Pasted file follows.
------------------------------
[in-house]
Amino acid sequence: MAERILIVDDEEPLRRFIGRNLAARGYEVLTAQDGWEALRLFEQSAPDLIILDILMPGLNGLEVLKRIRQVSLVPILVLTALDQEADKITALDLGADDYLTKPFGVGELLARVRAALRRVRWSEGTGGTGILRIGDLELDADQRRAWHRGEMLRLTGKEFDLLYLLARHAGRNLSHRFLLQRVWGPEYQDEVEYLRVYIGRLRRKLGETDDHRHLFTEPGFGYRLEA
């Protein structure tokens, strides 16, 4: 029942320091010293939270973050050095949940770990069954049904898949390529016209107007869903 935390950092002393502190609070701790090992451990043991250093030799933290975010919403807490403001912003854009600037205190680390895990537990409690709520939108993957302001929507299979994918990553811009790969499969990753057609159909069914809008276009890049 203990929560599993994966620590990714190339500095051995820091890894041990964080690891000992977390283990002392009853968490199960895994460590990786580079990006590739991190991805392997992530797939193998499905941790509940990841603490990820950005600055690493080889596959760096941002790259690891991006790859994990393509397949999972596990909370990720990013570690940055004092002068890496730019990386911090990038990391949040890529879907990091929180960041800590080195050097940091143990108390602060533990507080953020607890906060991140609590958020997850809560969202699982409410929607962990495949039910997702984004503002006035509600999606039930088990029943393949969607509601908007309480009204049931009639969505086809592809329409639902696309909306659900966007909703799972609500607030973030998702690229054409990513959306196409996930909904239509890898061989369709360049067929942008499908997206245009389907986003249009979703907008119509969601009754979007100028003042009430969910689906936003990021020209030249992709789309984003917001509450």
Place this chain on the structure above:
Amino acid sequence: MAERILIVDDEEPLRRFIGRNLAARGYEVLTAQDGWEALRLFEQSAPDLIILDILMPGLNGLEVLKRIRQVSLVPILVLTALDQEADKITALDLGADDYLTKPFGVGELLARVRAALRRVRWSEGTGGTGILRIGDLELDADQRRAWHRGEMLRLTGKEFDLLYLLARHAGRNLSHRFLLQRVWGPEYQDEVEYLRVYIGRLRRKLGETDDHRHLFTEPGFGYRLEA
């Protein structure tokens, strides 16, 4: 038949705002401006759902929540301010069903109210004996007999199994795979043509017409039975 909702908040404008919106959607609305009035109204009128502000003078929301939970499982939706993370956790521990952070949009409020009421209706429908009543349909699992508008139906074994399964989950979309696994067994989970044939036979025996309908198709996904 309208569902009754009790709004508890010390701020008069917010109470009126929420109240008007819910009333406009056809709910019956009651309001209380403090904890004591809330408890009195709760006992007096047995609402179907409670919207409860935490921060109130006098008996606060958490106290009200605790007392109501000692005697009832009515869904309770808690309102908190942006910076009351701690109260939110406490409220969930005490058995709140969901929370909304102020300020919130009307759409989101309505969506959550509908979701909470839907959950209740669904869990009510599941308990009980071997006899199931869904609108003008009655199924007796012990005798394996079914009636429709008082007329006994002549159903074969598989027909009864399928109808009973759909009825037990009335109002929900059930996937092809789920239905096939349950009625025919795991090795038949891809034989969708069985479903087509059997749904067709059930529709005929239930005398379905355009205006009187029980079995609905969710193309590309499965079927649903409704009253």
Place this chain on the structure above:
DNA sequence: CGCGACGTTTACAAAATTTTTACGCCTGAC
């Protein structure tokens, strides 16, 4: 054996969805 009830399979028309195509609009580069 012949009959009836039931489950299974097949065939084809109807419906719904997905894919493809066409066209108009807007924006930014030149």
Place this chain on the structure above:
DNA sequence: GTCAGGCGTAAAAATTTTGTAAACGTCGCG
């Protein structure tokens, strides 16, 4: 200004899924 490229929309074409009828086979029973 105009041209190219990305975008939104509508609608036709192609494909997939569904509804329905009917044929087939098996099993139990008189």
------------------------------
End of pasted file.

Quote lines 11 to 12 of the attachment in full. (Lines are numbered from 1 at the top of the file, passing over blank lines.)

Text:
DNA sequence: GTCAGGCGTAAAAATTTTGTAAACGTCGCG
């Protein structure tokens, strides 16, 4: 200004899924 490229929309074409009828086979029973 105009041209190219990305975008939104509508609608036709192609494909997939569904509804329905009917044929087939098996099993139990008189």